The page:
Winter Children’s Books That Make Great Gifts

Want to add to your child’s book collection this holiday season, but don’t know where to start? Are you sick of reading the same children’s books that are cartoon-branded easy readers non-stop? Do you like the idea of adding “something to read” to your categories of gift giving?

Whether you’re like me (pretty much incapable of leaving Schuler’s without at least one new children’s book from the discount rack) or your eyes glaze over at bookstore and library displays, here are some book suggestions by age group. These children’s books are the perfect titles for cozying up under a blanket and reading together.

Lansing Mom is here to share our tried and true favorites. This post does contain affiliate links that help support our small business but every product is something we love! 

Babies and Toddlers

Winter Babies: Sweet, simple rhymes and lovely illustrations of diverse babies enjoying winter from author by Kathryn O. Galbraith.

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Winter is Here: Kevin Henkes’ children’s books are instant classics! This is a delightful celebration of all things winter.

Tracks in the Snow: Wong Herbert Yee (a Michigan author!) tells the story of a little girl following – you guessed it – tracks in the freshly fallen snow.

The Snowy Day: The classic story of young Peter’s snowy day in the city. A young Black boy experiences the magic, and disappointments, of winter in an urban setting. Ezra Jack Keats’ colorful illustrations never fail to captivate my youngest children.

Preschool Children’s Books

Big Snow: I love to think of the little boy in Big Snow as the contemporary, slightly-more-suburban version of Peter in The Snowy Day. Jonathan Bean’s illustrations capture an all-too-real contrast. A mother tries to get the house in order while her son aches for the promise a Big Snow.


The Mitten: Another book that gets read every year in our house! Based on a Ukrainian folk tale, Jan Brett’s adaptation deserves to be poured over for the exquisitely detailed illustrations alone.

Katy and the Big Snow: Written in 1943 by Virginia Lee Burton, this book about the heroics of a giant snow plow named Katy deserves to be on every preschooler’s shelf, especially if they’re obsessed with cars, trucks, and construction vehicles.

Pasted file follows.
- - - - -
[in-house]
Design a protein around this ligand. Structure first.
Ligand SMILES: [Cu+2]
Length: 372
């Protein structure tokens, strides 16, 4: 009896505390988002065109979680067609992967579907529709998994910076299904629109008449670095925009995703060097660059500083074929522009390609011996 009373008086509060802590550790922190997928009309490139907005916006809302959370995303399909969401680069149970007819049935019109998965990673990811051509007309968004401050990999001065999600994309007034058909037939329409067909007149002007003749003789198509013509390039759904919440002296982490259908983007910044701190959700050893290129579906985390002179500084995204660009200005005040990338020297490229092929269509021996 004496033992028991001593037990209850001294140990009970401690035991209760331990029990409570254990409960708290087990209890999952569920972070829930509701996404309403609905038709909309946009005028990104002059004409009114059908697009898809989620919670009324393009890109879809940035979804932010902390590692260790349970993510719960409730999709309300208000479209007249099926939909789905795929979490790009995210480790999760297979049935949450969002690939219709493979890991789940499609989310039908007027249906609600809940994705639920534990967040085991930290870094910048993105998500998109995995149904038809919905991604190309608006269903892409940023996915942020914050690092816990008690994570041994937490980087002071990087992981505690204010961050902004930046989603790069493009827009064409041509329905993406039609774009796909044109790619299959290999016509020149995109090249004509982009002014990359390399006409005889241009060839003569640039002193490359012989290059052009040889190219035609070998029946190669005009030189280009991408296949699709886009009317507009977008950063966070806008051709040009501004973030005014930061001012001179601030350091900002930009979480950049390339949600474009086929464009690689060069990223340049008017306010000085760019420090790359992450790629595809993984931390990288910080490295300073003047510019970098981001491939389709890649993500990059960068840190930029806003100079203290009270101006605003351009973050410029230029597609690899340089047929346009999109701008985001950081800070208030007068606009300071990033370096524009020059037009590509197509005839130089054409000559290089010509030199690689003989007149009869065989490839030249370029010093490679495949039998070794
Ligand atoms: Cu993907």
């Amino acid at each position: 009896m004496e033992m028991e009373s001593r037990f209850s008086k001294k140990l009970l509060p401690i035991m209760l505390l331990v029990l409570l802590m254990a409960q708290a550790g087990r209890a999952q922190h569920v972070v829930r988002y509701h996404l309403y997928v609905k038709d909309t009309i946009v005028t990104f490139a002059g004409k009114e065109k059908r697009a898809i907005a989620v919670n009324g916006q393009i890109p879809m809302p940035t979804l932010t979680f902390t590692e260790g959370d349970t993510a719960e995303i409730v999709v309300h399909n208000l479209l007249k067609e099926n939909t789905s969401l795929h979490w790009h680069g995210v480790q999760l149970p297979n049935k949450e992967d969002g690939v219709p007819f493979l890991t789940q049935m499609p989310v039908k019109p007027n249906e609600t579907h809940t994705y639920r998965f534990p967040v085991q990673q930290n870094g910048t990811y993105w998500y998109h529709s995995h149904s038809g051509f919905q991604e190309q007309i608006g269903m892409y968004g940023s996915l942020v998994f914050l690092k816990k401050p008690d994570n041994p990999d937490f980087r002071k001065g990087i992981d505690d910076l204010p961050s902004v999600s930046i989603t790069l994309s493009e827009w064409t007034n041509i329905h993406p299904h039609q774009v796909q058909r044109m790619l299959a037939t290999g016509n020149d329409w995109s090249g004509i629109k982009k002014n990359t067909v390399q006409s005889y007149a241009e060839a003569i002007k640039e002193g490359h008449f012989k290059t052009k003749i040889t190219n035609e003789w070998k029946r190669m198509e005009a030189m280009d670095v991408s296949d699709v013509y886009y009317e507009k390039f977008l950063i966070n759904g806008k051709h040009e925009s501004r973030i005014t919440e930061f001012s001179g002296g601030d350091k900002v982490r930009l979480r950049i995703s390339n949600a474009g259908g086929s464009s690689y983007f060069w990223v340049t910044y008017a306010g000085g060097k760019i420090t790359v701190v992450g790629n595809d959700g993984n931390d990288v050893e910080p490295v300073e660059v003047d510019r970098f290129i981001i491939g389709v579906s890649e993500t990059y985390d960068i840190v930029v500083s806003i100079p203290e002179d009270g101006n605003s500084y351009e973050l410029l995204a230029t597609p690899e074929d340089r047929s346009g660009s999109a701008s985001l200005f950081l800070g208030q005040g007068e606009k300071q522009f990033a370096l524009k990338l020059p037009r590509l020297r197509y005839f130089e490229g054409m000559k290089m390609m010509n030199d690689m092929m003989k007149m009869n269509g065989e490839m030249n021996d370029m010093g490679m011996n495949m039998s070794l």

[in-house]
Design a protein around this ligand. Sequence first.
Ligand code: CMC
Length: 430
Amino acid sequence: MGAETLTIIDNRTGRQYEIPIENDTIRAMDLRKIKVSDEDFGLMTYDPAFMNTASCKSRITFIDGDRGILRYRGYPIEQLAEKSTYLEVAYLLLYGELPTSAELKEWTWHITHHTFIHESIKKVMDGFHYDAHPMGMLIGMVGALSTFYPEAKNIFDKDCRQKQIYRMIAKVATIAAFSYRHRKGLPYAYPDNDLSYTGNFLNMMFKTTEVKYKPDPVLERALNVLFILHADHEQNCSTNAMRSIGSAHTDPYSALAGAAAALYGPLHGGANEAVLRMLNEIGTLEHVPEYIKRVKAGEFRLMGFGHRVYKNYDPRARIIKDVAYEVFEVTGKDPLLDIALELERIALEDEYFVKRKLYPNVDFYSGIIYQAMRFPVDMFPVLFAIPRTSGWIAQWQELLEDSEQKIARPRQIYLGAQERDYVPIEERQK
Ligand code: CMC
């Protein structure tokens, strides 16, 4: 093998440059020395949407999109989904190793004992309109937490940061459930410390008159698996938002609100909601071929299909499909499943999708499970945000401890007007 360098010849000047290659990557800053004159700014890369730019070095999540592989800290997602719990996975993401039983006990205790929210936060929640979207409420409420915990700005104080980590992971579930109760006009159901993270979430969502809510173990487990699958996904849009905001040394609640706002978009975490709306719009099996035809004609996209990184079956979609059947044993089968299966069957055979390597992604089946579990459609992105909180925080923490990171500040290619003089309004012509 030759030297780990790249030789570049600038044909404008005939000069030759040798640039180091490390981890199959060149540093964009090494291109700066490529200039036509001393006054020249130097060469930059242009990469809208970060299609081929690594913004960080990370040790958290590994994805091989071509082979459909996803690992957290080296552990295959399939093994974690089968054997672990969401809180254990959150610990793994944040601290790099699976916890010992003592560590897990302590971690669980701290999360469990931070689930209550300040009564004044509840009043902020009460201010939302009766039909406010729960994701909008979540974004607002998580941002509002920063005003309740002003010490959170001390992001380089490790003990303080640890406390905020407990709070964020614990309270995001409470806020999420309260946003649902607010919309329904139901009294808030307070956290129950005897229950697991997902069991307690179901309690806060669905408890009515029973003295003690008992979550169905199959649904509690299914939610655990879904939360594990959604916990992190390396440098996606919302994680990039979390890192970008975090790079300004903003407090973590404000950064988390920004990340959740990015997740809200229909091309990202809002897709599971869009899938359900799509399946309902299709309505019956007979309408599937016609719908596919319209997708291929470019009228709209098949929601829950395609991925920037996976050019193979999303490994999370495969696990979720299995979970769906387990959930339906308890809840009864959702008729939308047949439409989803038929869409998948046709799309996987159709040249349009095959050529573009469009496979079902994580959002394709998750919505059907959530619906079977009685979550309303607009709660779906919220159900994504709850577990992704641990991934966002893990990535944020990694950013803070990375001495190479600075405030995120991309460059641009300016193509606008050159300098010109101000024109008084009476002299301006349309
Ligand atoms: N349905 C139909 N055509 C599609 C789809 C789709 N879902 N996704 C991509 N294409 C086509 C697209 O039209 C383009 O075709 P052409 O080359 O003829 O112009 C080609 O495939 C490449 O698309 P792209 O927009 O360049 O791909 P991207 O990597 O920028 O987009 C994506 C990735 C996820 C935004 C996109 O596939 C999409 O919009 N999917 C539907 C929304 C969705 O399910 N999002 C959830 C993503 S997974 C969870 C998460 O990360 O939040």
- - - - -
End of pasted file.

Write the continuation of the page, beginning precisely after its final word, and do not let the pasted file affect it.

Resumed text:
A Little House Picture Book Treasury: This adaptation of Laura Ingalls Wilder’s stories of her childhood is a lovely introduction to the history of settlers’ lives. Renee Graf’s illustrations immediately make you feel surrounded by winter. The coziness of the log cabin fireplace. The crisp winter cold of Wisconsin’s Big Woods. The sweet taste of maple sugar. And the thrill of finding a penny at the bottom of a stocking.

Early Readers

Poppleton in Winter: I have a hard time not wanting to gouge my eyes out when sitting down with a new reader. Mind-numbing books don’t make it easier! However, the Poppleton books by Cynthia Rylant are a treasure. I’m so glad we found them in our latest round of learning to read. Lovable characters and enjoyable stories that have made even me chuckle out loud.

Sophie Tompkins's review of Poppleton In Winter

Little Bear: The Little Bear stories by Else Holmelund Minarik are simply the sweetest, and this first reader in the series begins with Little Bear trying to find the perfect outfit for a cold, winter day.

Frog and Toad All Year: In my opinion, Arnold Lobel’s Frog and Toad stories are the gold standard for easy readers. Our family quotes from them all the time. Frog and Toad All Year begins with a hilarious sledding adventure and culminates in the two friends’ Christmas Eve.

Upper Elementary Children’s Books

The Vanderbeekers of 141st Street: In the days leading up to Christmas, five siblings scramble to convince their landlord to renew their family’s lease and let them stay in their beloved Harlem brownstone. Settle in for the boisterous, warm, large family dynamics of the Vanderbeeekers on a mission.

The 24 Days Before Christmas: Fans of Madeleine L’Engle’s A Wrinkle in Time series might be surprised to discover her lesser-known Austin Family books. This story focuses on a young daughter’s anxiety nearing Christmas. Her mother is pregnant and will be giving birth away from home on Christmas.

The Family Under the BridgeSet in Paris along the banks of the Seine River, a newly homeless family encounters an older man who’s lived unhoused for years. Will he open his heart and help them?

The Family Under the Bridge by Natalie Savage Carlson (Paperback) | Scholastic Book Clubs

The Lion, the Witch, and the WardrobeDiscover the land of “always winter, never Christmas, which sometimes feels like an apt description of Michigan, right? I love reading this classic out loud in the weeks after Christmas. It’s the perfect children’s book after the holiday decorations come down and we wait in hope for spring.

The Best Christmas Pageant EverI didn’t grow up reading this book, which my husband says makes me tragically deprived. We own it now though! This is a rollicking, hilarious read aloud for the whole family.

Now that you’re filled with inspiration, check out this post about shopping local used book stores to help fill your kid’s shelves!

Elizabeth Hansen
I’m Liz, stay-at-home mom to four kids (preschool age to middle school), freelance writer, and a Lansing resident since 2017. I'm a mediocre homemaker, mildly successful gardener, and not great at doing voices during bedtime stories. When not at home, I'm probably shuttling kids in the van, getting alone time at a coffeeshop or used bookstore, or volunteering at church, school, or St. Vincent's Refugee Services.


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